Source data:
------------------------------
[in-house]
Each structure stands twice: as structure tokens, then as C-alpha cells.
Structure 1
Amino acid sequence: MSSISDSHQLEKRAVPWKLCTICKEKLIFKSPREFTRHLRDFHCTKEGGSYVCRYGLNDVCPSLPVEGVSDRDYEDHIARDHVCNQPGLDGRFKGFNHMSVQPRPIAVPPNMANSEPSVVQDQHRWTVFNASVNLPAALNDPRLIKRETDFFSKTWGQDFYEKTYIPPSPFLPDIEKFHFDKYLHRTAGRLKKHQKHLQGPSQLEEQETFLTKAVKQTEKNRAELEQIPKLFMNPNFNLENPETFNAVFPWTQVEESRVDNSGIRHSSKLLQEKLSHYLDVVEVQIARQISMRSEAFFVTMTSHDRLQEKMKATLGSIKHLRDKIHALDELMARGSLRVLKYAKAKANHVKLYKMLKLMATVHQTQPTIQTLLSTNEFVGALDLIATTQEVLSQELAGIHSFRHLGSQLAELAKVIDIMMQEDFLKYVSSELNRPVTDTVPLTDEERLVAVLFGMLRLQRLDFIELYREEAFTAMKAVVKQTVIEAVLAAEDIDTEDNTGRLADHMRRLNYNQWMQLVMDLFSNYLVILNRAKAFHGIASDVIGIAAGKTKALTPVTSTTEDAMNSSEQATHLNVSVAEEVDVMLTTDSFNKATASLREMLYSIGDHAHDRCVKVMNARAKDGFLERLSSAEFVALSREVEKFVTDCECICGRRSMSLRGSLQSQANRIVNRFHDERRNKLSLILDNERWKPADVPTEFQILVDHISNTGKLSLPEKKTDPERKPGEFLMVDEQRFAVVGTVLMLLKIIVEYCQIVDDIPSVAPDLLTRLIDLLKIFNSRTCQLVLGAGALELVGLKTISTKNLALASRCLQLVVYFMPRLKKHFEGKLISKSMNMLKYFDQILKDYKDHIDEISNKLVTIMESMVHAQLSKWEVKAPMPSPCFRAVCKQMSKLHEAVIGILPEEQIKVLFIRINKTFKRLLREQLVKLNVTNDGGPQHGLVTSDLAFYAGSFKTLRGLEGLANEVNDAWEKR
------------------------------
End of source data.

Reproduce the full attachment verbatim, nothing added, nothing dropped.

[in-house]
Each structure stands twice: as structure tokens, then as C-alpha cells.
Structure 1
Amino acid sequence: MSSISDSHQLEKRAVPWKLCTICKEKLIFKSPREFTRHLRDFHCTKEGGSYVCRYGLNDVCPSLPVEGVSDRDYEDHIARDHVCNQPGLDGRFKGFNHMSVQPRPIAVPPNMANSEPSVVQDQHRWTVFNASVNLPAALNDPRLIKRETDFFSKTWGQDFYEKTYIPPSPFLPDIEKFHFDKYLHRTAGRLKKHQKHLQGPSQLEEQETFLTKAVKQTEKNRAELEQIPKLFMNPNFNLENPETFNAVFPWTQVEESRVDNSGIRHSSKLLQEKLSHYLDVVEVQIARQISMRSEAFFVTMTSHDRLQEKMKATLGSIKHLRDKIHALDELMARGSLRVLKYAKAKANHVKLYKMLKLMATVHQTQPTIQTLLSTNEFVGALDLIATTQEVLSQELAGIHSFRHLGSQLAELAKVIDIMMQEDFLKYVSSELNRPVTDTVPLTDEERLVAVLFGMLRLQRLDFIELYREEAFTAMKAVVKQTVIEAVLAAEDIDTEDNTGRLADHMRRLNYNQWMQLVMDLFSNYLVILNRAKAFHGIASDVIGIAAGKTKALTPVTSTTEDAMNSSEQATHLNVSVAEEVDVMLTTDSFNKATASLREMLYSIGDHAHDRCVKVMNARAKDGFLERLSSAEFVALSREVEKFVTDCECICGRRSMSLRGSLQSQANRIVNRFHDERRNKLSLILDNERWKPADVPTEFQILVDHISNTGKLSLPEKKTDPERKPGEFLMVDEQRFAVVGTVLMLLKIIVEYCQIVDDIPSVAPDLLTRLIDLLKIFNSRTCQLVLGAGALELVGLKTISTKNLALASRCLQLVVYFMPRLKKHFEGKLISKSMNMLKYFDQILKDYKDHIDEISNKLVTIMESMVHAQLSKWEVKAPMPSPCFRAVCKQMSKLHEAVIGILPEEQIKVLFIRINKTFKRLLREQLVKLNVTNDGGPQHGLVTSDLAFYAGSFKTLRGLEGLANEVNDAWEKR